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  • 1/2 of a large yellow onion, roughly chopped
  • 2 small garlic cloves, finely chopped
  • 1/2 of a green bell pepper, chopped
  • 1/2 jalapeno or habenero pepper, chopped
  • 1/4 cup chives, chopped
  • 1 1/2 cup broccoli florets
  • 1/2 cup very finely chopped kale (spinach would work well too!)
  • 3 eggs, lightly beaten
  • 1 cup almond milk (or any other milk of your choosing)
  • 1 cup shredded muenster cheese
  • 1 cup shredded cheddar cheese
  • 2 tsp dijon mustard
  • 2 tsp fresh black pepper
  • 1 tsp salt
  • 6-8 very thin slices of zucchini
  • 6-8 very thin slices of tomato

Quiche (4)What You Do:

Preheat your oven to 375F.

In a lightly oiled medium skillet, heat the garlic and onion on medium heat until the onion becomes soft and translucent.

Add the jalapeno or habenero, and bell pepper, and chives, and stir.

Add the broccoli florets and stir well to combine with the onion mixture. Add a tablespoon of water if necessary to keep the pan moist, and cover, cooking on low-medium until the broccoli has reduced, about 7 minutes.

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While the broccoli mixture is cooking up, grab a small mixing bowl and combine the eggs, milk, cheeses, mustard, black pepper and salt, stirring well.

Set aside.

Before taking the broccoli mixture off the heat, add the kale and stir well.

Pack the broccoli mixture into a well-greased pie dish.

Pour the egg mixture over the broccoli filling, using a fork to gently nudge the broccoli around to let the egg mixture seep through to the sides and bottom of the pie dish. (There should still be a healthy amount of egg mixture over the top of the dish.)

In any pattern you like, place the zucchini and tomato slices around the top of the quiche. Make a happy face if you want!

Place the pie dish in the oven for about 40 minutes (check after 20-30 though – you want the egg cooked through and the top to be slightly browned and crispy but not burned, obviously).

Let cool for a few minutes before delving in, if for no other reason than to keep it in pie-slice shape 🙂

Enjoy!

Pro Tip: Have it for breakfast! Experiment with different cheeses too – I think Parmesan or feta would be absolutely delish.

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Tomato Rhubarb Cobbler

There is nothing not amazing about this dish.

I know that’s a horribly-put-together sentence, grammatically speaking, but it can’t be helped because I’m still in the haze of having eaten this amazing dinner.

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A couple of years ago my friend had an awesome cooking blog that was basically my kitchen bible. One day she posted this tomato cobbler recipe and with the way she raved about how good it was, it was too tempting not to try. And ever since I too was able to partake in its amazingness, it’s never left the back of my mind as the perfect summer recipe that I crave any time of year.

But it’s almost summer and that’s good enough for me; the local farmer’s market is already full of awesome, inspirational veggies. So, armed with a fresh bundle of rhubarb and already tasting warm pinched cherry tomatoes, I delved into this recipe after work and a yoga session to cap off the day right.

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It has two parts – the filling and the topping – but despite that, it’s pretty easy to make.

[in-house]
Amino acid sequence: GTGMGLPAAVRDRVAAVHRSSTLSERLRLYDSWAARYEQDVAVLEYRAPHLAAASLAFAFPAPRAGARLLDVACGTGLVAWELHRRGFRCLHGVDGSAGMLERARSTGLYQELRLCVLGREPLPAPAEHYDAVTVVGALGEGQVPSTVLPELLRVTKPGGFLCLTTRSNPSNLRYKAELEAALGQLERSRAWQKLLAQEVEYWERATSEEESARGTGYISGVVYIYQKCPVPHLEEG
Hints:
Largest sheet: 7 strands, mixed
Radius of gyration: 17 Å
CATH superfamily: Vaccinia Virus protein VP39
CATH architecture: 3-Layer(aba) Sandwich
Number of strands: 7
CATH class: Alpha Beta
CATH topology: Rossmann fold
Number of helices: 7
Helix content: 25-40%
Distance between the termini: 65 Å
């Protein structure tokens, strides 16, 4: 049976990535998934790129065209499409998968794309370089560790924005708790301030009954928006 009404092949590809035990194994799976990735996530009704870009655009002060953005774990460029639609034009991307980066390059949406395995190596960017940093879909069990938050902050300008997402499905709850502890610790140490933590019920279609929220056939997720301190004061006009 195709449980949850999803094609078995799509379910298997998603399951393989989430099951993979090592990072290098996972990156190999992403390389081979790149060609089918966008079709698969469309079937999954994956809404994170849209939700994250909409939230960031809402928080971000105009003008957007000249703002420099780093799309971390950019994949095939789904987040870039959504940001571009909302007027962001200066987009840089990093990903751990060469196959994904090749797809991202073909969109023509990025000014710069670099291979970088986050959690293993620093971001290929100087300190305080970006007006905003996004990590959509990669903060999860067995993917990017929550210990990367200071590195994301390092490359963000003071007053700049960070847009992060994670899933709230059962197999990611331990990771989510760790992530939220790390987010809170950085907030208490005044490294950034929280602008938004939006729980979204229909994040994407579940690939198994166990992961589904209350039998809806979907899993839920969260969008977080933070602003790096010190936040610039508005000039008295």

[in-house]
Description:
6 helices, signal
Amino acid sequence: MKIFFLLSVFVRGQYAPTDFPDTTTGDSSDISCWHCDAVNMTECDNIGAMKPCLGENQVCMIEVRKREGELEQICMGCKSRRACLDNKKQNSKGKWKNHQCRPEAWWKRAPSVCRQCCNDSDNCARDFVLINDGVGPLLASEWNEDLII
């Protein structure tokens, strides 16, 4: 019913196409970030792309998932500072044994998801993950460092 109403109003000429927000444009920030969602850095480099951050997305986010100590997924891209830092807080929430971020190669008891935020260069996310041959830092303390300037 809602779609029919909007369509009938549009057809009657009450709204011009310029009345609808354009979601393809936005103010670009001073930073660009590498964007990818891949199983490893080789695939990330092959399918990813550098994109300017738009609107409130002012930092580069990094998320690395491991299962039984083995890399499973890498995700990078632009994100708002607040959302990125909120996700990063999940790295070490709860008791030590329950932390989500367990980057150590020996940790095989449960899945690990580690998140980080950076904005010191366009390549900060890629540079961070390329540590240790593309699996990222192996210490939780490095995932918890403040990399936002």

Preheat oven to 375 F

What You Need for the Filling:

  • 3 pints cherry tomatoes
  • One large onion, sliced thin
  • 2 cloves garlic, peeled and minced
  • 1 cup chopped rhubarb
  • 1 tbsp olive oil
  • 3 tbsp flour

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What You Need for the Topping:

  • 1 1/2 cup whole wheat flour
  • 1/2 cup all-purpose flour
  • 2 tsp baking soda
  • 1/2 tsp baking powder
  • pinch of salt
  • 4 oz blue cheese crumbles (or extra if you’re cheese-addicted like me)
  • 1 cup buttermilk
  • 1 stick butter (8 tbsp) melted

IMG_3995What You Do:

Start by prepping the filling. Heat oil on low-medium in a large skillet. Add onion slices and cover, letting them caramelize. When they’ve become softer and begin to look translucent, add the rhubarb and garlic, stirring for about 5-8 minutes until the rhubarb softens. Remove from heat before the rhubarb totally breaks down and becomes mushy.

Add cherry tomatoes and 3 tbsp of flour to the rhubarb/onion filling and mix well, making sure the tomatoes are fully coated.

Pour the filling mixture into an 8×11 baking dish and pop the filling mixture into the oven for about 20 minutes. Take them out when the tomatoes are looking hot and pinchy.

In a medium bowl, mix the whole wheat flour, the all-purpose flour, baking soda, baking powder and salt together.

In a separate, larger bowl, mix the buttermilk and melted butter, whisking well.

Slowly add the flour mixture to the buttermilk mixture, stirring well. Then add the blue cheese and mix thoroughly. It will start to become dough-y.

Once the filling is done pre-baking, spread out the dough somewhat generously over the top of the mixture to create a topping. IMG_4005

Put this whole shebang back in the oven for another 20-25 minutes (check it though – the topping will burn easy if it’s in for too long!)

Give it some time to cool, even though that will be hard, and delve in! Works great as leftovers too!

 

Pro Tip: I have 2. First, as you guessed this is not a Gluten-Free recipe. But it easily could be by substituting the flour and using any gluten-free biscuit recipe you have for the topping! My second tip is that you will likely have biscuit dough leftover so make some biscuits! #duh